Skip to 0 minutes and 4 seconds Christopher Eyre, professor of Egyptology at Liverpool. Late in the period of political chaos that we refer to as the second intermediate period, the most important centre in Egypt was the delta city of a Avaris, ruled by the Hyksos king Apophis. Hyksos simply means foreign ruler in Egypt. Archaeologically, the city is comparable to Bronze Age sites in contemporary Palestine. This part of Egypt seems to have been ruled by a Palestinian immigrant elite. In contrast, in the South, the city of Thebes is ruled by a local ruler, and seems to be economically rather poorer. The first narrative of conflict between Thebes and Avaris comes in a later literary fragment, a conflict between Apophis and the king Seqenenre.
Skip to 1 minute and 5 seconds This is a very literary piece. It’s a trickster’s tale. Apophis has sent a letter to Seqenenre complaining that the Hippopotami in the Thebean palace pool are keeping him awake. The rest of the story is lost. But Seqenenre’s mummy has actually survive in the Thebean Necropolis. His head was smashed in. The holes in the head look as if they’ve been made by a Palestinian type axe, and he must either have died on the battlefield or by assassination. The narrative is then picked up at the end of the 17th dynasty by two stele of the king Kamose from Karnak.
Skip to 1 minute and 52 seconds In these, he complains bitterly that his area of power is sandwiched by Asiatic rule in the North, and Nubian rule in the South. He then gives an account of campaigns through middle Egypt, capturing large areas of territory, plundering widely, and in the end, besieging the city of Avaris. He doesn’t recount the end of the siege there. Presumably, he didn’t capture the city. Complete political control of Egypt comes in the reign of his successor, Ahmose, though the best narrative, here, is from one of Ahmose’s military officers, another Ahmose, whose parents, his mother Ibana and his father Baba, appear to have quite foreign names. But Ahmose was brought up in the town of El-Kab, just south of Luxor.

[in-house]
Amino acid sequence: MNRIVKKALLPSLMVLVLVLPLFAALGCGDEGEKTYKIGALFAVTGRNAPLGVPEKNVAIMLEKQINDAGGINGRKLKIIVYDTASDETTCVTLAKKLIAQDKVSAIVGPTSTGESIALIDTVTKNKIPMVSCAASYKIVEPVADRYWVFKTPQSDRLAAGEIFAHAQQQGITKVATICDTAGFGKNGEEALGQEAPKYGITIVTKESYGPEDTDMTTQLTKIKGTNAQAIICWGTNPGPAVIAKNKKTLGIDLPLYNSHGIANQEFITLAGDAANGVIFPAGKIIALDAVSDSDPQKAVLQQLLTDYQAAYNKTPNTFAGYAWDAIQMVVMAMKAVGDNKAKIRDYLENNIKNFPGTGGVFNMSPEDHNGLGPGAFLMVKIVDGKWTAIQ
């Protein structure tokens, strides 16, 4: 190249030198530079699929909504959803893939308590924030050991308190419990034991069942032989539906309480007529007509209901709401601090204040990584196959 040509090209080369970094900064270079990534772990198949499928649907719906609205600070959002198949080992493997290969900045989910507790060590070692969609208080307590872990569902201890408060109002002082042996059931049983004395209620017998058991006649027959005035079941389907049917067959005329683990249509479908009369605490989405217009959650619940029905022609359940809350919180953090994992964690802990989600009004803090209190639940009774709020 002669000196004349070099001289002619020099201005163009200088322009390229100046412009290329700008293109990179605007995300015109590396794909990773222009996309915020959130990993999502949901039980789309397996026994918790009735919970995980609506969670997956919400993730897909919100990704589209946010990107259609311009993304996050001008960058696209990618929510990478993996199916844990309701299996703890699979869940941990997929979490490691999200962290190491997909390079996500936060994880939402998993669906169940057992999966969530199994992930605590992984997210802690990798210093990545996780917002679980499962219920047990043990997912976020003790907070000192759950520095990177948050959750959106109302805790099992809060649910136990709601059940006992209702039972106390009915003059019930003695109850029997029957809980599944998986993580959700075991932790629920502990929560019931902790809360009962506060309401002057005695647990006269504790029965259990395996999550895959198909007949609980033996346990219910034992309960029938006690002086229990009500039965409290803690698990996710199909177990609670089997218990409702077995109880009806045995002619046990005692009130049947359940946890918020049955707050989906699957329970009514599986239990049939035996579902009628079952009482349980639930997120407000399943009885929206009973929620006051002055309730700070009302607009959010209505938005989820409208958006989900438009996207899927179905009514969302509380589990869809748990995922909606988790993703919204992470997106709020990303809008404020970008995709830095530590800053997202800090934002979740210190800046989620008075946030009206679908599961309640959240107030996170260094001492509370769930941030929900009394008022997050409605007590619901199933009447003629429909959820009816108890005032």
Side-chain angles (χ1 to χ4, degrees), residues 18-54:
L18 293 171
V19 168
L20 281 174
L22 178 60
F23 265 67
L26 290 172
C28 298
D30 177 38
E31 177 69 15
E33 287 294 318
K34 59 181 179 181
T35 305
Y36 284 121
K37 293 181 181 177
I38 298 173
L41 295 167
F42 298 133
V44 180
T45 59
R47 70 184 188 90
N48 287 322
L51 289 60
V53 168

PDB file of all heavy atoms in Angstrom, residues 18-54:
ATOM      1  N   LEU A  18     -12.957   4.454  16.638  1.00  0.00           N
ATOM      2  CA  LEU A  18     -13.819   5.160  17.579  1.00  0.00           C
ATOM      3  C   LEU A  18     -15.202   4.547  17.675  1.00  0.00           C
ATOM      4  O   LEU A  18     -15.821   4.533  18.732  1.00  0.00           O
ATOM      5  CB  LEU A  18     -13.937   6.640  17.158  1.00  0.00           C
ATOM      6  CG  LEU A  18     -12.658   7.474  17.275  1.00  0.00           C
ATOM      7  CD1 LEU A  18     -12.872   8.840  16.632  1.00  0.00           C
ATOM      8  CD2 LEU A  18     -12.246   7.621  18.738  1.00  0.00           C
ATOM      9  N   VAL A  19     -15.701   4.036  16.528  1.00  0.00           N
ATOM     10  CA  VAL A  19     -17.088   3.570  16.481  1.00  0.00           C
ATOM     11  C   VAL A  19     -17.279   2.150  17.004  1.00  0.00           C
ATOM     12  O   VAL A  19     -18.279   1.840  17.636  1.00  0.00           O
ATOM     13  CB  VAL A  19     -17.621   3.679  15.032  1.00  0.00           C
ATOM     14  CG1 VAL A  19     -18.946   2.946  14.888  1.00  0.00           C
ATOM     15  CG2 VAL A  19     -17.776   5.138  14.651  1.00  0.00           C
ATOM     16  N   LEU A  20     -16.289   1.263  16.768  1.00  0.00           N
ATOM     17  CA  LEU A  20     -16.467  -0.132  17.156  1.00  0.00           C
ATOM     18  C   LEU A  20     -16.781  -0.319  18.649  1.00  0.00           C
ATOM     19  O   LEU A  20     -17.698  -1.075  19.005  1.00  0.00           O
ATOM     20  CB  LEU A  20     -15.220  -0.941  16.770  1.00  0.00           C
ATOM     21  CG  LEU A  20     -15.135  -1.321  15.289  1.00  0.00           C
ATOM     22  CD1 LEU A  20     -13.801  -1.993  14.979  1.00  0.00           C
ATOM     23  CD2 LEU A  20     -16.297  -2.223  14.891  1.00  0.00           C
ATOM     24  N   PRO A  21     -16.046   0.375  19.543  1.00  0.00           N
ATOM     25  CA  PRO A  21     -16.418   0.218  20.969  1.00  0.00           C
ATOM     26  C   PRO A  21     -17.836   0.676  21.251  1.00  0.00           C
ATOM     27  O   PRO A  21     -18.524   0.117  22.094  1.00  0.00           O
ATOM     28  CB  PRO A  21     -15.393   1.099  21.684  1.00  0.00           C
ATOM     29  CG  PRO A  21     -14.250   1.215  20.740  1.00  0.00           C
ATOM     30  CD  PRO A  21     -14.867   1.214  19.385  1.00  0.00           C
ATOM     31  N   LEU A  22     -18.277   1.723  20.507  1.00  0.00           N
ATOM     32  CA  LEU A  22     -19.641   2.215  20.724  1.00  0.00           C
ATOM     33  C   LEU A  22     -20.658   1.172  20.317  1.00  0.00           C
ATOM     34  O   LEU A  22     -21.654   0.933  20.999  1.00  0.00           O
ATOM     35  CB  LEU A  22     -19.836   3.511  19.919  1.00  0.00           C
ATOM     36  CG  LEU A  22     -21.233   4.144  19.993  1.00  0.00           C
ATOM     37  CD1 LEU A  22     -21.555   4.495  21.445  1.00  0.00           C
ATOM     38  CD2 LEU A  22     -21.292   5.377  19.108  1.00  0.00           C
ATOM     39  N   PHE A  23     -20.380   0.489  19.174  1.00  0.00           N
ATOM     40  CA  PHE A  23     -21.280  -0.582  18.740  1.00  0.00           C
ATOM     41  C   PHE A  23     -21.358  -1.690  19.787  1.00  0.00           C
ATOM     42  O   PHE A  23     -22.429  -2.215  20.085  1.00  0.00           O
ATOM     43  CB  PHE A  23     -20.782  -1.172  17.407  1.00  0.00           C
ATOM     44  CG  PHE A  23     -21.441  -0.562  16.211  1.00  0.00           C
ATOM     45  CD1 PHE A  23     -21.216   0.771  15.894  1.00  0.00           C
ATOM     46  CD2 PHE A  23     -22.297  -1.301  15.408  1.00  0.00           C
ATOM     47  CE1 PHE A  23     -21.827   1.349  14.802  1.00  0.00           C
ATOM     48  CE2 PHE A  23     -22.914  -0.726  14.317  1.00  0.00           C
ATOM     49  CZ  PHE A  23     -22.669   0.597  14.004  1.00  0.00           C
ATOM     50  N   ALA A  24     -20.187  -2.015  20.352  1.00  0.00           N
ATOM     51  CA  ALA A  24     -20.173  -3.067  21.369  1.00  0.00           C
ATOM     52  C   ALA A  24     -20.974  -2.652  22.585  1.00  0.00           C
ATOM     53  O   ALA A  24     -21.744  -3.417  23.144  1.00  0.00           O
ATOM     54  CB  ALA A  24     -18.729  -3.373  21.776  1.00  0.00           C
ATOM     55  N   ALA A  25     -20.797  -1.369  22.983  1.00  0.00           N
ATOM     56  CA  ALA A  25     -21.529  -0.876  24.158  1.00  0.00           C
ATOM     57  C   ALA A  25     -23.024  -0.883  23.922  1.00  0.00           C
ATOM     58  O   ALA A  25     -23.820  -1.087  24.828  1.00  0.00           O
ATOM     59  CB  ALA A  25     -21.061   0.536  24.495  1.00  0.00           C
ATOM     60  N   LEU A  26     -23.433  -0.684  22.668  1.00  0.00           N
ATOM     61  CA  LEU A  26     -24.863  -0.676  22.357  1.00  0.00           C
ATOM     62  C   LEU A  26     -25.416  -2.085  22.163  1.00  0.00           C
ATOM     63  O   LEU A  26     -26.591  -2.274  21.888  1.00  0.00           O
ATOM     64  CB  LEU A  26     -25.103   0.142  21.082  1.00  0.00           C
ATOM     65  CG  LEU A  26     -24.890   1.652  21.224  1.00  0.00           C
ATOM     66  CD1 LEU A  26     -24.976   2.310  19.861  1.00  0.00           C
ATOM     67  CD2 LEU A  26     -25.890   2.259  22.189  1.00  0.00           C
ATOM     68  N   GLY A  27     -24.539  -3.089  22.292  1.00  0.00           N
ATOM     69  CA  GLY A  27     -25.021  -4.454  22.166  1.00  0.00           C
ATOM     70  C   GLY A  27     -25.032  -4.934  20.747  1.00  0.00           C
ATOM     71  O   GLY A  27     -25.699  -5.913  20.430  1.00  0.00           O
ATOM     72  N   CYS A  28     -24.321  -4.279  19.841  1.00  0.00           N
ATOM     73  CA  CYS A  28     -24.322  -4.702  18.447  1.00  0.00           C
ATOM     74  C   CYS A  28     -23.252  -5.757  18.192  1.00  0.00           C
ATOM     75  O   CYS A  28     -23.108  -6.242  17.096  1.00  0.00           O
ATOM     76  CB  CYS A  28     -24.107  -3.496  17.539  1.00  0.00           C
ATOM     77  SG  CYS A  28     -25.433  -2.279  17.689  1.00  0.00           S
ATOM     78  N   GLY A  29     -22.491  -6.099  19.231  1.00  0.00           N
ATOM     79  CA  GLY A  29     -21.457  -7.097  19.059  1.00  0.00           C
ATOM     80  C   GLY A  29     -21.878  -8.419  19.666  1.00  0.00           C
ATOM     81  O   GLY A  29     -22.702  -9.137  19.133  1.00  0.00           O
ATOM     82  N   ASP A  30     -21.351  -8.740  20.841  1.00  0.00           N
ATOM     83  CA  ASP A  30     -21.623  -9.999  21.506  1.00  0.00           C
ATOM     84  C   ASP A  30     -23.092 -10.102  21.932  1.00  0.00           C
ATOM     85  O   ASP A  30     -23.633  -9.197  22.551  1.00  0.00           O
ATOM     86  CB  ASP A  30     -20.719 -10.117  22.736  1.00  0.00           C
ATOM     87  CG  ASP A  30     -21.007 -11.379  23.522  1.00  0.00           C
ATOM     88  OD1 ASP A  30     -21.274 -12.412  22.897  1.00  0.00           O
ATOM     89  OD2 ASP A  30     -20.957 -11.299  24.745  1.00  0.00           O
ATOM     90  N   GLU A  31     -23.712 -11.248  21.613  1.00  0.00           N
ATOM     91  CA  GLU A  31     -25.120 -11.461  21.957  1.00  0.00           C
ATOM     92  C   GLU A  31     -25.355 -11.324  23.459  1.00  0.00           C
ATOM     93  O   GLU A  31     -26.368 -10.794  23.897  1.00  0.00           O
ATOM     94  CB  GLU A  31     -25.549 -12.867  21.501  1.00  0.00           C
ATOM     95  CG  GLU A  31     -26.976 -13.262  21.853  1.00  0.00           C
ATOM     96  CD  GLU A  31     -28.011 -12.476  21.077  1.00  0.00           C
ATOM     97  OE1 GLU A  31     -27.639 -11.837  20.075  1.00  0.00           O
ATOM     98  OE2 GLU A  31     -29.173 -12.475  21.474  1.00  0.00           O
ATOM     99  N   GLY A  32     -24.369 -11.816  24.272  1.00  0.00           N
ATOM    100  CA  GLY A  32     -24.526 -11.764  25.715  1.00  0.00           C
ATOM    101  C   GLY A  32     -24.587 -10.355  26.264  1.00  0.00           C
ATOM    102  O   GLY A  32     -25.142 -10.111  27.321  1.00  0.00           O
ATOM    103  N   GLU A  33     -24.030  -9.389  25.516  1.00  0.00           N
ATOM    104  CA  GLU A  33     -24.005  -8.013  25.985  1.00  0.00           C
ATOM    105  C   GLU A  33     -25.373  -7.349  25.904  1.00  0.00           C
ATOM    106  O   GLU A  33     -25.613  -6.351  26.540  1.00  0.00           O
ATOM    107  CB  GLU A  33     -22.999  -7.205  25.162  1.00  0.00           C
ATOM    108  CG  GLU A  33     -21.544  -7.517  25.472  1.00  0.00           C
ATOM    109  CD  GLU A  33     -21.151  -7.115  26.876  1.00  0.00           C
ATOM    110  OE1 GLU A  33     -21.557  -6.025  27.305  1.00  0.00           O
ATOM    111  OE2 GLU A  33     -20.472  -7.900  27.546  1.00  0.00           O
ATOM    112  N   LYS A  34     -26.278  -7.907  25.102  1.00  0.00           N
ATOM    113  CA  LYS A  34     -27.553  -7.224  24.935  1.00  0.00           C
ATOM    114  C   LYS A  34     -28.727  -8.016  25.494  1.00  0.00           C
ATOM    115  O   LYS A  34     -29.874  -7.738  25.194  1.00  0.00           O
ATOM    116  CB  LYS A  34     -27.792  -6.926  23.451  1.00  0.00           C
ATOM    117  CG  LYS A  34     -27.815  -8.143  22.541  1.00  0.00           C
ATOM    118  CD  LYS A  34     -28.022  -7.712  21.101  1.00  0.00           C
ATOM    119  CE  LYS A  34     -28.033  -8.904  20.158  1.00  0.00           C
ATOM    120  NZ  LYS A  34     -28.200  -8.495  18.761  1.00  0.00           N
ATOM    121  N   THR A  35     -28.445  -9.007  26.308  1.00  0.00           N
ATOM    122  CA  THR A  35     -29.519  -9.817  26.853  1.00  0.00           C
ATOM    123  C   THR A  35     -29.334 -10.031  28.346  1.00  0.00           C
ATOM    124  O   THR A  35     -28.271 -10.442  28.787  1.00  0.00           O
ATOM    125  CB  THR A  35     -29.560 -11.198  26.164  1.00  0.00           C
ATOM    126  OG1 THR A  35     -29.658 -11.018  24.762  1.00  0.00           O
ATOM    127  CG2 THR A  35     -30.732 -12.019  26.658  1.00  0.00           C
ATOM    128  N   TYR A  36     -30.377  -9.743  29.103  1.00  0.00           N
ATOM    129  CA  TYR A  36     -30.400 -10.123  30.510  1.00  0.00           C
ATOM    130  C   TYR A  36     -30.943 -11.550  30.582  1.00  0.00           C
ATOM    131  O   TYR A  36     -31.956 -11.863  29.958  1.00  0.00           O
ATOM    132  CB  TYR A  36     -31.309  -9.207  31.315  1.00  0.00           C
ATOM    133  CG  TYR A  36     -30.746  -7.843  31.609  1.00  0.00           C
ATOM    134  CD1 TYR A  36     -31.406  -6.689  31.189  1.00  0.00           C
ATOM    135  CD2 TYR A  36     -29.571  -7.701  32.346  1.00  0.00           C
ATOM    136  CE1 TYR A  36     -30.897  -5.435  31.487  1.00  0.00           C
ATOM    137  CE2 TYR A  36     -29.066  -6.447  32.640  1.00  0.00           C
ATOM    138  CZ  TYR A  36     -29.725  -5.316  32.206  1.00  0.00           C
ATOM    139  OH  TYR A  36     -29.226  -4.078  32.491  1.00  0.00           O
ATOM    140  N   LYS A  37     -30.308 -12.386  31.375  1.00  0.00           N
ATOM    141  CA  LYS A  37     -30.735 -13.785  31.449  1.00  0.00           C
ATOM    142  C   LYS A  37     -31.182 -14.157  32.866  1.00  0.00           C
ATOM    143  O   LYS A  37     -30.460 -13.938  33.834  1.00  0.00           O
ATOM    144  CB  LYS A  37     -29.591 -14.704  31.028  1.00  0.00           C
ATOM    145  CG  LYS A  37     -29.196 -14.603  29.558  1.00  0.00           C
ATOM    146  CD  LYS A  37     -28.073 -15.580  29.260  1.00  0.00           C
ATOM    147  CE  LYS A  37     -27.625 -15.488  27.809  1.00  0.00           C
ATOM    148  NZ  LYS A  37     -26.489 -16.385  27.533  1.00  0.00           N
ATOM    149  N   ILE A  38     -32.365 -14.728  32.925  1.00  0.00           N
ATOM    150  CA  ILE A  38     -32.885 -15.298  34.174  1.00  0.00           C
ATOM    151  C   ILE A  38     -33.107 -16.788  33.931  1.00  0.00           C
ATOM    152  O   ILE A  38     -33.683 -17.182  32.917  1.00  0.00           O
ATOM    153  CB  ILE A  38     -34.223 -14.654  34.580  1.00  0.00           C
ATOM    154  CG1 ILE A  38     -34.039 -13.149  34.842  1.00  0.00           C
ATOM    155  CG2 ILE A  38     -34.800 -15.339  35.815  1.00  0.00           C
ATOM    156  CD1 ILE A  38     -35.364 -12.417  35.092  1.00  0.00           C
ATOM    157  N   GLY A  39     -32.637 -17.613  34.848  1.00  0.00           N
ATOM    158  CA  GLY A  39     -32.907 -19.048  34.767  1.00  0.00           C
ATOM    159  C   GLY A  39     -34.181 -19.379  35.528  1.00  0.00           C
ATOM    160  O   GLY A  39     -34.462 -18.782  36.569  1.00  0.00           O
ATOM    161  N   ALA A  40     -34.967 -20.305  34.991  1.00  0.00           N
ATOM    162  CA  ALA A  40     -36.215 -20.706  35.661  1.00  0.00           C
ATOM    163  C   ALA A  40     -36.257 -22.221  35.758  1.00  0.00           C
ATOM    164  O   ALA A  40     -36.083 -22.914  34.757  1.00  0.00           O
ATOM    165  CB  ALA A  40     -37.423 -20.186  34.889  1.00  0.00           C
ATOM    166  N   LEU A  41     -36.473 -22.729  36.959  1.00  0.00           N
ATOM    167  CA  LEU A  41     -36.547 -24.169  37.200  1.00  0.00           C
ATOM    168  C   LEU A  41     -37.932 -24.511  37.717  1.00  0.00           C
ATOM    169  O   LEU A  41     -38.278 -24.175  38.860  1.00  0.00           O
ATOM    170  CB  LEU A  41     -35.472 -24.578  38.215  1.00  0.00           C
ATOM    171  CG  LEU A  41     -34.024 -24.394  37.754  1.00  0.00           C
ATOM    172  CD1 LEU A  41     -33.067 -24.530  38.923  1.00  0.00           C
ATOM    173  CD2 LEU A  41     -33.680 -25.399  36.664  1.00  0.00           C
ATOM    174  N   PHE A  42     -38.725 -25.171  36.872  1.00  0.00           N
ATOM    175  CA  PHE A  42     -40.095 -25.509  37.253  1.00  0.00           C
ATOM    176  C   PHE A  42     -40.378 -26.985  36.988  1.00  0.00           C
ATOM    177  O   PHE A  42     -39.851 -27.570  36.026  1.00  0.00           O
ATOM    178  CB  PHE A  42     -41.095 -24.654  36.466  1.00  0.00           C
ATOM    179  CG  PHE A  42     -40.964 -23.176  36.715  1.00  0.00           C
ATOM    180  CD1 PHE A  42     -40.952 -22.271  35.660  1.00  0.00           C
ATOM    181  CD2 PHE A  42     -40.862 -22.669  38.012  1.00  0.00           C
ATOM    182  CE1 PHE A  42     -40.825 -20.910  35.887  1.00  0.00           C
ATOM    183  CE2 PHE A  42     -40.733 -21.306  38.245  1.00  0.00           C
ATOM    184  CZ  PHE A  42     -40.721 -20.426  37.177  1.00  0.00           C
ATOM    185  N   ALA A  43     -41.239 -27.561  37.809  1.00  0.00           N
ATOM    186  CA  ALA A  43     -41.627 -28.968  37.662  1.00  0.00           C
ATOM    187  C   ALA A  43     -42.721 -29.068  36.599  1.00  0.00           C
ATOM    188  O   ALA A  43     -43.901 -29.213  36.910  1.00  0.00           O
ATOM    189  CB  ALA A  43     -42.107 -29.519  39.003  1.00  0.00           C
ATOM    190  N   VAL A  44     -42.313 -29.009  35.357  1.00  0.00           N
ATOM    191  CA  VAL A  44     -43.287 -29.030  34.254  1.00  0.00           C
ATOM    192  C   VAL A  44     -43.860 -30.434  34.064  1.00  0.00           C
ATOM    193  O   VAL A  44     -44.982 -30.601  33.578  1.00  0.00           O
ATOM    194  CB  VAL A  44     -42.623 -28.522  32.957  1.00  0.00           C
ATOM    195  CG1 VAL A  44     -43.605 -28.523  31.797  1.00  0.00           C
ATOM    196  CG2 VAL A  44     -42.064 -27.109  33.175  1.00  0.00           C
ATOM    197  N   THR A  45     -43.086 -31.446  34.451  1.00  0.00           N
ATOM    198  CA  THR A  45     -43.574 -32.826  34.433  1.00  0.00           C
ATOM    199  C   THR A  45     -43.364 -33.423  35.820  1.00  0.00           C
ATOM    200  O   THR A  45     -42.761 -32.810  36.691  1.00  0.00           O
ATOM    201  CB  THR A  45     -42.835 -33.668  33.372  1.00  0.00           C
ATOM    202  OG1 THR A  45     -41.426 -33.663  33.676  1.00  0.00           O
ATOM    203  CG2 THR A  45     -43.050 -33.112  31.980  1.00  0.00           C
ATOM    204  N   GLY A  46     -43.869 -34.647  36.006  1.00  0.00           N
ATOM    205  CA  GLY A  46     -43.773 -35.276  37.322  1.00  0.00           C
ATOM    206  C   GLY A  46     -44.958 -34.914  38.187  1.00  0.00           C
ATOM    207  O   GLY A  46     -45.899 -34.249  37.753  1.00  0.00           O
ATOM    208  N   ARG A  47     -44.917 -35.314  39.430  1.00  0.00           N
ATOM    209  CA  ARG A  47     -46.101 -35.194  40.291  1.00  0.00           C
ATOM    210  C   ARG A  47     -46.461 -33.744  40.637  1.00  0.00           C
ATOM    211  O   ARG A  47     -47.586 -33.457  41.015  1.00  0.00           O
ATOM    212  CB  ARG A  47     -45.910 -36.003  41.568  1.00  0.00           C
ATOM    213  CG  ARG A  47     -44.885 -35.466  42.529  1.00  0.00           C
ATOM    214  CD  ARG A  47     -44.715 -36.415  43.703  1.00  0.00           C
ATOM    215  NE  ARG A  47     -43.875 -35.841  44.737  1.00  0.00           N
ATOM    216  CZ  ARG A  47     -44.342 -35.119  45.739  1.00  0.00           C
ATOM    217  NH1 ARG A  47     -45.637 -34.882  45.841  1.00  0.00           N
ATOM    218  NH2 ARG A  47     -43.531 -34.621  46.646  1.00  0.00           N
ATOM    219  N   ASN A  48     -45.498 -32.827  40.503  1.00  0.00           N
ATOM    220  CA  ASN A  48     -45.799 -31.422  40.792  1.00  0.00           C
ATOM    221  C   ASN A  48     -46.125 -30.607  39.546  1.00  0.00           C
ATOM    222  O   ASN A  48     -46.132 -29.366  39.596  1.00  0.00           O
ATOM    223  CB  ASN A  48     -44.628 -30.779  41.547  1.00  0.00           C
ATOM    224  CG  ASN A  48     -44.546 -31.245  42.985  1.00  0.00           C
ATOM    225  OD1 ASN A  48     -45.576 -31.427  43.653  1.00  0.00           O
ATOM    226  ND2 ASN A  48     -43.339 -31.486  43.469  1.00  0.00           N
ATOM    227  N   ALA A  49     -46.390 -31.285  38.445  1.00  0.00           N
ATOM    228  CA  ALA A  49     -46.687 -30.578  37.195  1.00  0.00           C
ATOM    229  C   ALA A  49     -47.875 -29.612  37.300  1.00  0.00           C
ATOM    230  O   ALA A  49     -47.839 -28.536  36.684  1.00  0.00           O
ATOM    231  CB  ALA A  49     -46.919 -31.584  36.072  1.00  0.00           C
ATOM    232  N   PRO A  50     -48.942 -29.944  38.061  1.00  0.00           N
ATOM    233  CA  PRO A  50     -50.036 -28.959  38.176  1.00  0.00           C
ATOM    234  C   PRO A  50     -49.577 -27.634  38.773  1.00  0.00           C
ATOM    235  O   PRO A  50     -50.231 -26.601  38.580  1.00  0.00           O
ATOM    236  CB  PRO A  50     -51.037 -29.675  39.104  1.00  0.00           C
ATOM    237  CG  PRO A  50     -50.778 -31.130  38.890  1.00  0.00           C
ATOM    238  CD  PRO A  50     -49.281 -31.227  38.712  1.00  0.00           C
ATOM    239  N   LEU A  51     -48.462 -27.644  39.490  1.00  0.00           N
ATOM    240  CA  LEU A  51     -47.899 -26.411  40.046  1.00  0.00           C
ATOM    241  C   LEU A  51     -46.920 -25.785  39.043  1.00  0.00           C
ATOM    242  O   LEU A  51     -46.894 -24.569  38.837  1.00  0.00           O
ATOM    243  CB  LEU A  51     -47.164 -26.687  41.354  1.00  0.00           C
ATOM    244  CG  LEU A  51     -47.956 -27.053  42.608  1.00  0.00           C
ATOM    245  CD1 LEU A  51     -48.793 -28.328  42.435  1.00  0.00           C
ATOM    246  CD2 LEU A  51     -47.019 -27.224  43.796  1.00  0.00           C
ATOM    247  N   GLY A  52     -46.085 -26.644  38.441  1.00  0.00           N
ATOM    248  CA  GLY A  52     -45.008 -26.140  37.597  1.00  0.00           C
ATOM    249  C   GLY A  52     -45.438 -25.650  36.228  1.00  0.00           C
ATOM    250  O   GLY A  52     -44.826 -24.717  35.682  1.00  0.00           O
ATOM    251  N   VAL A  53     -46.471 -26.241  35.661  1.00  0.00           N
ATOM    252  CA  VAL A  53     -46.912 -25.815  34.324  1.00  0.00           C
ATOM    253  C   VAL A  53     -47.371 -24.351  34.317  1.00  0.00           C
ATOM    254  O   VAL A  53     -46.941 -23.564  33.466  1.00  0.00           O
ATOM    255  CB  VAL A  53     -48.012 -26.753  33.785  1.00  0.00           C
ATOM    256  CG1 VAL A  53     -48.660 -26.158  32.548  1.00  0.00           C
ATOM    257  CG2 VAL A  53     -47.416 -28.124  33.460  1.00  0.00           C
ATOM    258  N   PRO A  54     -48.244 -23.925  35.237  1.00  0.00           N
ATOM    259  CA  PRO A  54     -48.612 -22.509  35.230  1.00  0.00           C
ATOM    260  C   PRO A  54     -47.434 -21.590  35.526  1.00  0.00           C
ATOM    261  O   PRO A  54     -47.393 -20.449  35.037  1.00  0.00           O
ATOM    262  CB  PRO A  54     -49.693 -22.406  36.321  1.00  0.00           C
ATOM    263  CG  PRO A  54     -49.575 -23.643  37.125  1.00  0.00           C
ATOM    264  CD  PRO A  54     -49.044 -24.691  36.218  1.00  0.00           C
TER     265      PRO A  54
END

Skip to 2 minutes and 54 seconds He tells how his father had been a soldier in the reign of Seqenenre. He himself fought under Kamose and Ahmose, and into the early 18th dynasty. But he gives an account of a string of battles which include the siege and capture of Avaris. In each battle, he tells how he captured or killed enemies. He carried off prisoners, male and female, and hands. Hands are the way, at that date, you refer to somebody you’ve killed. The hand appears to be a trophy that proves you actually did it. And consequently he is rewarded each time with gold, with slaves, with land. He becomes quite an important person.
Skip to 3 minutes and 47 seconds The effect of these campaigns seems to be the establishment of a military elite in Egypt. We know from much later an account of the lands given to another admiral of Ahmose, a man called Neshi, whose family were fighting each other over the inheritance of lands as late as the reign of Ramses II. So we can see a picture of the lands that the Thebean regime captured being given to the military and providing the new hierarchy and the new elite or the 18th dynasty.
Expelling the Hyksos I: Seqenenre, Kamose, Ahmose
Now that you have an understanding of who the Egyptians were and of how they viewed their world view, we’ll look into the history of this period. Professor Chris Eyre takes us through the main events in this video.
Chris takes us through the efforts of three Egyptian rulers, Seqenenre, Kamose, and Ahmose, to rid Egypt of a foreign cohort at the end of Egypt’s Second Intermediate Period. In doing so, Egypt creates a military elite, and finds itself in an ideal position to expand into the Near East.
Once you have watched the video, I’m sure that Seqenenre is someone that you’d like to know more about. To this end, I have also uploaded an article with the kind permission of the American Research Centre in Egypt. The article is written by a University of Liverpool alumnus, Dr Garry Shaw, and is entitled ‘The Death of King Seqenenre Tao’. It appears in The Journal of the American Research Centre in Egypt volume 45 (2009), pages 159-176. You can access the article in the link at the bottom of the page.
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